5 Steps to choose the right University for you!
After finishing High School many students feel conflicted about what to do. Some of them decide to take a gap year (which can really be a great decision, if you don’t waste it) and others are determined to continue their studies at a college/university.
This is great. However, wanting to study and knowing what and where to study are two different pairs of shoes. It’s a crucial decision for one’s career and future, that should be made right the first time if you don’t want to lose time and money.
But what to choose? There are thousands of colleges/universities and subjects to choose from. This sheer explosion of opportunities is without a doubt overwhelming.
This list is supposed to help students (bachelor/master aspirants) choose the right path.
1. Pick a subject/an area
This is probably easier for students applying for their master’s degree since they have already taken that decision for their bachelor’s degree. Don’t get me wrong, you can still choose another subject if you are applying for your masters but it has to be related to your bachelor's degree.
The admissions office will then decide if you acquired enough knowledge in that field to pursue a master’s degree.
If you are fresh out of school and a little helpless when it comes to deciding on a subject you are supposed to study for the next 3 – 6 years, take a deep breath. Think about which subjects you found interesting in school. Some students tend to be fascinated by mathematical equations, where others see those as a form of torture and are more interested in chemical experiments.
This is completely up to you and you should not let anyone else make that decision for you.
As soon as you are certain which area appeals to you, you should move on to step two.
2. Where to study
Not everyone knows right away where they intend to study. For that, you may want to do some research. Check countries and cities that have the most or all the desired traits. This could be the type of study program, the facilities, the transport, living cost or even the weather.
Don’t underestimate the importance of researching the area. If you hate your surroundings, then your education will undoubtedly suffer as a result.
If you are set on a country you should narrow down the areas, keeping in mind the career opportunities after graduation, financial options like scholarship and application requirements. Not every university has the same requirements.
* Don’t let your decision be influenced by short-term factors like a menu in the cafeteria or the quality of the accommodation.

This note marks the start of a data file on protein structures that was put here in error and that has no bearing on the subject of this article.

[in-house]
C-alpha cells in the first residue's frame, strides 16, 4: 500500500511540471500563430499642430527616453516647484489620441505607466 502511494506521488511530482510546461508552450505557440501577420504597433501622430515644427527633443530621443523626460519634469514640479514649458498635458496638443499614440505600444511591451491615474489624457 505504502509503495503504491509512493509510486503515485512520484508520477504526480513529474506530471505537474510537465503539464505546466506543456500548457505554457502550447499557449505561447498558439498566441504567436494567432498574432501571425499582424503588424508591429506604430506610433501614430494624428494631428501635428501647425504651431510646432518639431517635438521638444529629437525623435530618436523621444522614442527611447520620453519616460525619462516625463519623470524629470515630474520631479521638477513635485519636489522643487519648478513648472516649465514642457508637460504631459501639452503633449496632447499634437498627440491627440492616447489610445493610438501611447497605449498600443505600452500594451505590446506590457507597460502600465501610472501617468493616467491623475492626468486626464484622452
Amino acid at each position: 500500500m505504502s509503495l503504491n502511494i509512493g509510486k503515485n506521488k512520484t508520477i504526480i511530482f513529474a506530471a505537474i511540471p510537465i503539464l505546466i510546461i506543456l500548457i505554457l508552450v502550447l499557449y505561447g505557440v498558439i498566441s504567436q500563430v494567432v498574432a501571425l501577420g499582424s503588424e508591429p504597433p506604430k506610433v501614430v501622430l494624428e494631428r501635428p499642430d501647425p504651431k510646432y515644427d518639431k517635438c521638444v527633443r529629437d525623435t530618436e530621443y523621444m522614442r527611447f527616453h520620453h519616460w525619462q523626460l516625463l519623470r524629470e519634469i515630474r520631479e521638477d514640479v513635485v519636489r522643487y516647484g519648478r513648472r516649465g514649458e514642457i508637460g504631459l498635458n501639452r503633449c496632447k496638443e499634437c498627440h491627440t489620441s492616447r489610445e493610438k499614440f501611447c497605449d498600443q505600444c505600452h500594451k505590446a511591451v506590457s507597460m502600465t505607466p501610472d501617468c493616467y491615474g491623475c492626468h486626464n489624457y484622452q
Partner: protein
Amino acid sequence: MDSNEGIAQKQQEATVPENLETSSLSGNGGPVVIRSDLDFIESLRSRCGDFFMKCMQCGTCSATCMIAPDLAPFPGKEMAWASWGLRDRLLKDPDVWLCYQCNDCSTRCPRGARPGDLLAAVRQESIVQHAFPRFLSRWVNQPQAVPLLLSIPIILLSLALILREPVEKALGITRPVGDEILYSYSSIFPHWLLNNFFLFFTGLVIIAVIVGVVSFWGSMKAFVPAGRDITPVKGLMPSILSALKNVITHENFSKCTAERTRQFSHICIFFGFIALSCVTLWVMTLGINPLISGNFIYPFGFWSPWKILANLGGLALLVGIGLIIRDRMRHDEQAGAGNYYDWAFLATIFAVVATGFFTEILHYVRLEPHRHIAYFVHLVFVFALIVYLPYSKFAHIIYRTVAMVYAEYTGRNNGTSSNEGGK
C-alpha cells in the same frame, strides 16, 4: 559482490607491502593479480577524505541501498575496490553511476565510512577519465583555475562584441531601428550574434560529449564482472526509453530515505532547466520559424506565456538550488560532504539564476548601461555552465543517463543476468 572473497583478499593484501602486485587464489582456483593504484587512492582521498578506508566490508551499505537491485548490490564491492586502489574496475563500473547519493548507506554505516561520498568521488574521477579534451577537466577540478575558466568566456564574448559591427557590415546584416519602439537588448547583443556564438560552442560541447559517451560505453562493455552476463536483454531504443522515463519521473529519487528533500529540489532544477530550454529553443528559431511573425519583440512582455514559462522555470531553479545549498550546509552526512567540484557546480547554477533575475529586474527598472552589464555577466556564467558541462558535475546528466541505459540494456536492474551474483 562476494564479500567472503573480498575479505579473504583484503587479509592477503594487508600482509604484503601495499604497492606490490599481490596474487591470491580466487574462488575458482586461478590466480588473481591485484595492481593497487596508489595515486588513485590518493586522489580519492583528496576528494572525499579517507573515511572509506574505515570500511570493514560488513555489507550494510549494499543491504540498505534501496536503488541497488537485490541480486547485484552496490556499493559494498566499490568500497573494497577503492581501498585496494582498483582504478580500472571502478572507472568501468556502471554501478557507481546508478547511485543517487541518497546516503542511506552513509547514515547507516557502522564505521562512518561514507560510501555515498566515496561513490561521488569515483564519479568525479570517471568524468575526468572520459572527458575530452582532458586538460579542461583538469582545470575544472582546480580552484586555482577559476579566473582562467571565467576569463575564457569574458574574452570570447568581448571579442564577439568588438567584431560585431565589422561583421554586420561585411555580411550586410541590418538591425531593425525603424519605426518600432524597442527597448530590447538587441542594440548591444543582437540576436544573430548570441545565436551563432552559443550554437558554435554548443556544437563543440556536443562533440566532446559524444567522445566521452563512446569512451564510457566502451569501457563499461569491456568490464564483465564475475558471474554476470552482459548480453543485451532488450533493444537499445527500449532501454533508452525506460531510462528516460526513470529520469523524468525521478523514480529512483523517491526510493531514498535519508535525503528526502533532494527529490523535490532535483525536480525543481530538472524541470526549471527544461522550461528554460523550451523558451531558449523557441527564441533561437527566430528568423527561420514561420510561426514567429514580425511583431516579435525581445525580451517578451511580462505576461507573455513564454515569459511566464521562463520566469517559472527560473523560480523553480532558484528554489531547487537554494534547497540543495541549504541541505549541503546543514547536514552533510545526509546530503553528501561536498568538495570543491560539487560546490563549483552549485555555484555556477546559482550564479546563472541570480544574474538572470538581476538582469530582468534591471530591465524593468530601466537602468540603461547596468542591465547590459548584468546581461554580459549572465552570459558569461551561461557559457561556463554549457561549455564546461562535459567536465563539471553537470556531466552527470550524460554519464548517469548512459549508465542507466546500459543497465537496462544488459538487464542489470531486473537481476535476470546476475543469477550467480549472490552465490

* Look at the wider campus life; check out various clubs, societies, fraternities, and sororities.
* If you are unable to visit the campus in person, try to find alumni or other students currently studying at the same university/universities and in the same field. They can give you trustworthy reviews and answer questions you may have and to which you can’t find the answer online.
3. University Rankings
Students usually want to study at the best universities. Things aren’t always as simple as that. Which universities exactly are the "best ones”?
It’s the 21st Century and the internet is full of diverse ranking systems, created by several organizations that use different metrics to come up with their top university lists. Some measure academic and educational performance, the internationality of the institution or the teaching environment.
So please, don’t just follow these rankings blindly. Make sure to free up some time to do your own research on every university you are interested in.
If you have to attend a visa interview to study abroad and they ask you why you chose this university, don’t say that the ranking was the deciding factor. Visa officers know that ranking is not everything and students tend to use this as an answer. It will not satisfy them.
4. Impact on your CV
It is no secret that applicants with Oxbridge, Harvard, and Stanford on their CV will definitely stand out in a pile of applications; this is worth keeping in mind when making your choice.
No matter which country you prefer to study in, they most probably have a designated list of ‘elite’ universities. If you have a fitting academic background, it is highly recommended to consider these kinds of institutions.
5. Cost of Study
Studying in your own country is without a doubt a lot cheaper than deciding to study abroad. That’s why you should consider every factor from tuition fees to living costs and loan repayment (if you take one to pay for your studies).
Choose a university you are comfortable with. You should not feel obligated to choose the cheapest option if finances are a deal-breaker for you. However, if you are going to be spending $50.000 a year on tuition fees (no accommodation, food, clothes, and insurance included), then you have to ask yourself if there is going to be a return on that investment. You don’t want to be saddled with enormous debts for the remainder of your working life.
In the end, it all comes down to whether you get accepted or not and if you maybe have a friend tagging along. This should never keep you from following your dreams though. I am sure it is easier for you to settle in at a foreign place if you have a friend close by BUT this should not decide your career path. Friends at university are easier made than anywhere else.
Even if some universities seem to be ambitious just give it a try!!
Students apply every year to "safe” universities, thinking they will definitely get an admit and are disappointed when it does not happen.
Who says it can’t be the other way around for ambitious universities?
In case you need help with shortlisting universities and the application process, don’t hesitate to visit or call us: +91-9177971222